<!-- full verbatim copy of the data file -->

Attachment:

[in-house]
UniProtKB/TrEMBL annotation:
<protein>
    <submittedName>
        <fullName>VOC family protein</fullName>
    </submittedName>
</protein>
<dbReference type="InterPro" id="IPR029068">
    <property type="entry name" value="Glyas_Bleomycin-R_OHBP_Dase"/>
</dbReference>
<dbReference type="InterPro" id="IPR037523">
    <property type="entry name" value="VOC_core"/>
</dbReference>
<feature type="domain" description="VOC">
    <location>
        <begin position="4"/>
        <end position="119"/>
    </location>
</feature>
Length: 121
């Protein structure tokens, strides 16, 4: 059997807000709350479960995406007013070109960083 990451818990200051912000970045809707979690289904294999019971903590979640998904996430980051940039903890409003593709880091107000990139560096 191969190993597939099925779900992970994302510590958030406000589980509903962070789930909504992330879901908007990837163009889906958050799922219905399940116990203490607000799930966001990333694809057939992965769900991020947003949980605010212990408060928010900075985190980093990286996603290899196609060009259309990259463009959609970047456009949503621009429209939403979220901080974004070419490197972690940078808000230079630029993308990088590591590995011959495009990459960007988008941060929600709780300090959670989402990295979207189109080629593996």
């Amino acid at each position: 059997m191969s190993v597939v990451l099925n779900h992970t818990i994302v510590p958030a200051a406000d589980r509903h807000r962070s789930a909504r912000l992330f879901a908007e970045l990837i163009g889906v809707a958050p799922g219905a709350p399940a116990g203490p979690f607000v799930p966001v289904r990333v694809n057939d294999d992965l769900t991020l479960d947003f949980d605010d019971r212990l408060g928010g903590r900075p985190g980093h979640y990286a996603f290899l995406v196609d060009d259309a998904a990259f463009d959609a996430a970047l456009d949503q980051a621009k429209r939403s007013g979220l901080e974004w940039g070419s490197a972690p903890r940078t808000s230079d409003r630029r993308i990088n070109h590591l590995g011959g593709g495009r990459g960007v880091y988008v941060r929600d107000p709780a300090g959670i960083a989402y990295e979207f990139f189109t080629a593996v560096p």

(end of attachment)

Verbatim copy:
[in-house]
UniProtKB/TrEMBL annotation:
<protein>
    <submittedName>
        <fullName>VOC family protein</fullName>
    </submittedName>
</protein>
<dbReference type="InterPro" id="IPR029068">
    <property type="entry name" value="Glyas_Bleomycin-R_OHBP_Dase"/>
</dbReference>
<dbReference type="InterPro" id="IPR037523">
    <property type="entry name" value="VOC_core"/>
</dbReference>
<feature type="domain" description="VOC">
    <location>
        <begin position="4"/>
        <end position="119"/>
    </location>
</feature>
Length: 121
């Protein structure tokens, strides 16, 4: 059997807000709350479960995406007013070109960083 990451818990200051912000970045809707979690289904294999019971903590979640998904996430980051940039903890409003593709880091107000990139560096 191969190993597939099925779900992970994302510590958030406000589980509903962070789930909504992330879901908007990837163009889906958050799922219905399940116990203490607000799930966001990333694809057939992965769900991020947003949980605010212990408060928010900075985190980093990286996603290899196609060009259309990259463009959609970047456009949503621009429209939403979220901080974004070419490197972690940078808000230079630029993308990088590591590995011959495009990459960007988008941060929600709780300090959670989402990295979207189109080629593996």
């Amino acid at each position: 059997m191969s190993v597939v990451l099925n779900h992970t818990i994302v510590p958030a200051a406000d589980r509903h807000r962070s789930a909504r912000l992330f879901a908007e970045l990837i163009g889906v809707a958050p799922g219905a709350p399940a116990g203490p979690f607000v799930p966001v289904r990333v694809n057939d294999d992965l769900t991020l479960d947003f949980d605010d019971r212990l408060g928010g903590r900075p985190g980093h979640y990286a996603f290899l995406v196609d060009d259309a998904a990259f463009d959609a996430a970047l456009d949503q980051a621009k429209r939403s007013g979220l901080e974004w940039g070419s490197a972690p903890r940078t808000s230079d409003r630029r993308i990088n070109h590591l590995g011959g593709g495009r990459g960007v880091y988008v941060r929600d107000p709780a300090g959670i960083a989402y990295e979207f990139f189109t080629a593996v560096p």